Last year Earth Pages News reported a rationalisation of the way in which geological time is signified (Rationalising geological time 7 May 2011). A working group set up by the International Union of Pure and Applied Chemistry (IUPAC) and the International Union of Geological Sciences (IUGS) defined the year as the base unit, standardizing it to the time in seconds between one solstice and the next at the equator for year 2000 (3.1556925445 × 107 s) thereby linking it to the Système international d’unités or SI base unit of the second, itself defined in terms of behaviour of the caesium atom. It is to be signified by ‘a’ for annus (year in Latin) and preceded by ‘k’, ‘M’ and ‘G’  for thousands, millions and billion years, complying with the SI progression in steps of 103 for units.

The sticking point for some, mainly in the US (e.g. Science magazine and many geoscientists there) is that the ka, Ma, Ga symbols are to apply not only to times before the present but also to spans of geological time. Since the agreed convention is incorporated into SI it has almost the force of law for scientists , so that the Cretaceous Period will be said to have begun at 145.5±4.0 Ma ago, ended at 65.5±0.3 Ma ago and was 80 Ma long, instead of the latter being in m.y., m.yr., mya  or Myr according to what seem to have been personal quirks or those of scientific journals.

Somewhat florid reaction against the rationalisation (Christie-Blick, N. 2012 Geological time conventions and symbols. GSA Today, v. 22 (February 2012 issue), p. 28) seems to have flowed from a deliberation on the IUPAC-IUGS proposal (in Prague, Spring 2010) by a lesser world body: the International Commission on Stratigraphy’s  (ICS) International Subcommission on Stratigraphic Classification (ISSC). The meeting voted 16 to 2 to reject the proposal – a substantial number of voting members abstained – claiming that it violated SI ‘rules’ regarding base- and derived units. The issue, on reaching the ICS meeting, as the same Prague workshop, seems to have been greeted by a 50:50 split. A closed meeting of the ICS Bureau (now we can begin to see the kind of thinking involved here…) on the workshop’s last day unanimously adopted the motion ‘We neither accept nor reject the IUGS-IUPAC Task Group’s recommendation to apply Ma, generally, as the unit of deep time. We accept the argument for Ma as a single unit for time but would recommend flexibility, allowing for the retention of Ma as specific notation for points in time (i.e., dates) and myr as a unit of time denoting duration. We agree with the spirit of this statement’ [my italics]. ‘Neither accepting nor rejecting’ is something familiar from minutes of the Central Committee of the former USSR, being rumoured to have been Joseph Vissarionovich Stalin’s favoured formulation in moments of uncertainty: a little like the old ‘Belfast Question’, ‘Are you for us or against us’ from someone whose politics is not entirely clear.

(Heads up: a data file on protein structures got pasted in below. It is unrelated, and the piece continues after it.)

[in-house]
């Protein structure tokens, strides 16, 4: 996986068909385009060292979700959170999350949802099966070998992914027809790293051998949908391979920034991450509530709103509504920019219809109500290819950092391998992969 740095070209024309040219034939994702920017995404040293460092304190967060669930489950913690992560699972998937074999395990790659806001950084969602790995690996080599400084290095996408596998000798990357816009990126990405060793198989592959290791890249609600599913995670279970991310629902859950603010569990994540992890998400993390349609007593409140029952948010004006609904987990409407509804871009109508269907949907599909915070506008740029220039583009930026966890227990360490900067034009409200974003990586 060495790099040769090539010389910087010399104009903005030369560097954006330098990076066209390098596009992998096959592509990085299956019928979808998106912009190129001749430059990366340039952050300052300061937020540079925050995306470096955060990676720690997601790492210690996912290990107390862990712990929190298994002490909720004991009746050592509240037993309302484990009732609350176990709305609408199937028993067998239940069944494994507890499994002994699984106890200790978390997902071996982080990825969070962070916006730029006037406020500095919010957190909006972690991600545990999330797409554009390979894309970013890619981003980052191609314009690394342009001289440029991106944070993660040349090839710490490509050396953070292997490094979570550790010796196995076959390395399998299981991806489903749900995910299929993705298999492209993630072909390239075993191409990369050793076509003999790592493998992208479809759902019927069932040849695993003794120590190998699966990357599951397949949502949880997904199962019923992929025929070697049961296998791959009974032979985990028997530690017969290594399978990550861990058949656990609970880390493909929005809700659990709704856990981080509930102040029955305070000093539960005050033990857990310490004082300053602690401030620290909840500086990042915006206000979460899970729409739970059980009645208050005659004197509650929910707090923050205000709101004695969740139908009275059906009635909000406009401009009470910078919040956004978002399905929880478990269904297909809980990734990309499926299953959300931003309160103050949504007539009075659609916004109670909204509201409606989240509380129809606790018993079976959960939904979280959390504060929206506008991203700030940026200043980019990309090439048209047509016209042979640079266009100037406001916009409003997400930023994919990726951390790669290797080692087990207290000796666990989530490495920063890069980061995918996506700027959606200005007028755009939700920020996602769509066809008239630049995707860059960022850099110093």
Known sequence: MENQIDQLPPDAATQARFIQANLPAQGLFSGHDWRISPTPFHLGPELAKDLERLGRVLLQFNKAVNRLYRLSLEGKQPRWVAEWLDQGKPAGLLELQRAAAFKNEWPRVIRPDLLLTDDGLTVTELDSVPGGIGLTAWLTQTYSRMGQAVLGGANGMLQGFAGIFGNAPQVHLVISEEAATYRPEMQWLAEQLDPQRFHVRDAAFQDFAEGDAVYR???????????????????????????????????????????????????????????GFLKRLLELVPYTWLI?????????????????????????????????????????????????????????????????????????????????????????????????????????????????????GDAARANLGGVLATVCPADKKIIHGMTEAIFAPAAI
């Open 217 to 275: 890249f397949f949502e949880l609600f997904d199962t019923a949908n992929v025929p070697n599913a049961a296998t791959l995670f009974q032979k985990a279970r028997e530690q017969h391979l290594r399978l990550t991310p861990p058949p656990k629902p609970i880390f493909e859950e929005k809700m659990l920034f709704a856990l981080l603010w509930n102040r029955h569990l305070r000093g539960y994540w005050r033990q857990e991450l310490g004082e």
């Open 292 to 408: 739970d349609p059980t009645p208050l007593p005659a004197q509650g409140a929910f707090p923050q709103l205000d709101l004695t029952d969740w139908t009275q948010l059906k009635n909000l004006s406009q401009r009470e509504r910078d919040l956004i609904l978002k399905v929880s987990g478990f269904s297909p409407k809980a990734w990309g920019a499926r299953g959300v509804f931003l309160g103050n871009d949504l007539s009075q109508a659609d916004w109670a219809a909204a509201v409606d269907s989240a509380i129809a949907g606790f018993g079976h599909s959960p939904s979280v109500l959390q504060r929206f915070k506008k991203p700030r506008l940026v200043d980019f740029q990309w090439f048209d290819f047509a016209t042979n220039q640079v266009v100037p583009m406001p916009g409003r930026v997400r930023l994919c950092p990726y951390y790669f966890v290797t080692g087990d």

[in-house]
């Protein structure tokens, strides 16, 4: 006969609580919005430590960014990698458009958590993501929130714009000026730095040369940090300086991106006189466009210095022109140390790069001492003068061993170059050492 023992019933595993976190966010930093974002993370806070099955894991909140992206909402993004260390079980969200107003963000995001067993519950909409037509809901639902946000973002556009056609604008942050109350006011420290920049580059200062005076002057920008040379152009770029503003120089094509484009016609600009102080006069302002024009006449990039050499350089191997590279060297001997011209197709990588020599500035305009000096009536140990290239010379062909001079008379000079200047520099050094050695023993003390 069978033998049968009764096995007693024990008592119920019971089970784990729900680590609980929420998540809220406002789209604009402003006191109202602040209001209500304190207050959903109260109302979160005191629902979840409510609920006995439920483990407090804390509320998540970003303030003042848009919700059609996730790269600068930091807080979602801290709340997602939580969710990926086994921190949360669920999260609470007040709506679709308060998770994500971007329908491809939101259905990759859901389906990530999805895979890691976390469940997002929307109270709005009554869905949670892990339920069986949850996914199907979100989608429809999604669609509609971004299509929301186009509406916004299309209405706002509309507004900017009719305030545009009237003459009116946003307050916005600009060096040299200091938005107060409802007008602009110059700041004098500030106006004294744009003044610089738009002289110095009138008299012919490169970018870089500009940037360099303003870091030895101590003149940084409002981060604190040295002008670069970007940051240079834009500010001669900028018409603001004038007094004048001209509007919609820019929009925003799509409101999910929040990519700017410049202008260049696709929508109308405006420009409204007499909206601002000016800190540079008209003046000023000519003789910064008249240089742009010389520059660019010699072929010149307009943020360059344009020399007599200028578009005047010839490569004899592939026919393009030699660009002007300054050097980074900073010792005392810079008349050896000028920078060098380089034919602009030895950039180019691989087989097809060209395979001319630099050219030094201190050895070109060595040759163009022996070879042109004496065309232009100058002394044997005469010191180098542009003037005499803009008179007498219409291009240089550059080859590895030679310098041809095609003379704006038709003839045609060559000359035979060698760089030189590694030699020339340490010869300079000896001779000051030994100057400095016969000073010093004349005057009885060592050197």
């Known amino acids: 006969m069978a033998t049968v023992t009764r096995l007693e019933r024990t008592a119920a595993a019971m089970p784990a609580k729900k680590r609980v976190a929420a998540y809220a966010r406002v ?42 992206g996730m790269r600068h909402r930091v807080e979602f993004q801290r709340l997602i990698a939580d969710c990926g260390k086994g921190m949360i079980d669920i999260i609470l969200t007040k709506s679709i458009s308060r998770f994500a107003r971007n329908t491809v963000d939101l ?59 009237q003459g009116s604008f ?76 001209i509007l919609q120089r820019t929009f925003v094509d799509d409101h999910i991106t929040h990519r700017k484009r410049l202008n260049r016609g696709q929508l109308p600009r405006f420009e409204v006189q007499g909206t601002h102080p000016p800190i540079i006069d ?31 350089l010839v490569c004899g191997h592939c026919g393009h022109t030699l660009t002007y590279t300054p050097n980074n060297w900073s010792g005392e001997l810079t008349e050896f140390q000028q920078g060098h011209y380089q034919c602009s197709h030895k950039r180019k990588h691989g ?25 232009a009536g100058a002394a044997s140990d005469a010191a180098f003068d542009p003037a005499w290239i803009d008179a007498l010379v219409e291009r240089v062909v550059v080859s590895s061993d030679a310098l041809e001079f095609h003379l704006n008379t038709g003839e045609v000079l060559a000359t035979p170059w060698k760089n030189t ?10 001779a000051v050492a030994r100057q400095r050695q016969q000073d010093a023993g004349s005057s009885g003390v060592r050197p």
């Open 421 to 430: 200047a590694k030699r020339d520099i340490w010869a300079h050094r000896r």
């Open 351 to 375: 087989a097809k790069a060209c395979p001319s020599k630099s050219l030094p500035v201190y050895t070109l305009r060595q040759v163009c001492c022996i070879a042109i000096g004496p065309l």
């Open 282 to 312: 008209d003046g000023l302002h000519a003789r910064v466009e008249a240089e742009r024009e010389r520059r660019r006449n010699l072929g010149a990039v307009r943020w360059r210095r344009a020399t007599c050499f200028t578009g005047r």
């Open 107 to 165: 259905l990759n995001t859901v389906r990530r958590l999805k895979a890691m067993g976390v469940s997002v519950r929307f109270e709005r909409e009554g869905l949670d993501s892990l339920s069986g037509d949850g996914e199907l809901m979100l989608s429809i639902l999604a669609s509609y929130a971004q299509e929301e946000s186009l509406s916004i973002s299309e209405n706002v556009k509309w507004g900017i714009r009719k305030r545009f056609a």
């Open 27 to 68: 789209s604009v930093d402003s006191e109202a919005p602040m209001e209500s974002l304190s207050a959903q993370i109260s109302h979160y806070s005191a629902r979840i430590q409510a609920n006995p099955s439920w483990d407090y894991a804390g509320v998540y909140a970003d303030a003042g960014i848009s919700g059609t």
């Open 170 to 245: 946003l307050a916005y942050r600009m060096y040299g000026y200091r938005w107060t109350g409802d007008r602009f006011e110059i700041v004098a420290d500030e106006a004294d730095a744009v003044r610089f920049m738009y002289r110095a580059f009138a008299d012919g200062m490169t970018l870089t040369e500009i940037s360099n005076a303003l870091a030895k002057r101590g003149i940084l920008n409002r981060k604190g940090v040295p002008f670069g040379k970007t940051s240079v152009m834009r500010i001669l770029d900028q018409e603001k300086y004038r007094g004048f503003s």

An argument proffered by Christie-Blick is, ‘No one objects to the storming of the Bastille on 14 July 1789 (a date) or to the construction of Stonehenge from 2600–1600 BC (an interval specified by two dates). In the case of the latter, we say that the job took 1000 years, not 1000 BC.’ This forgets something quite practical: geochronologist rarely if ever, ‘neither accept nor reject’ AD, BC BCE, or CE but express time in years before present, with the odd convention that ‘the present’ was 1950, before atmospheric testing of thermonuclear devices. What is wrong with the answer to the question, ‘When did the Cretaceous begin?’ being 145.5 Ma ago, or ‘80 Ma’ in answer to, ‘How long did it last?’ Who would prefer the alternative to the second question –  80 (choose your preferred symbol from the following: m.y., m.yr., mya.  Myr., million years or millions of years)?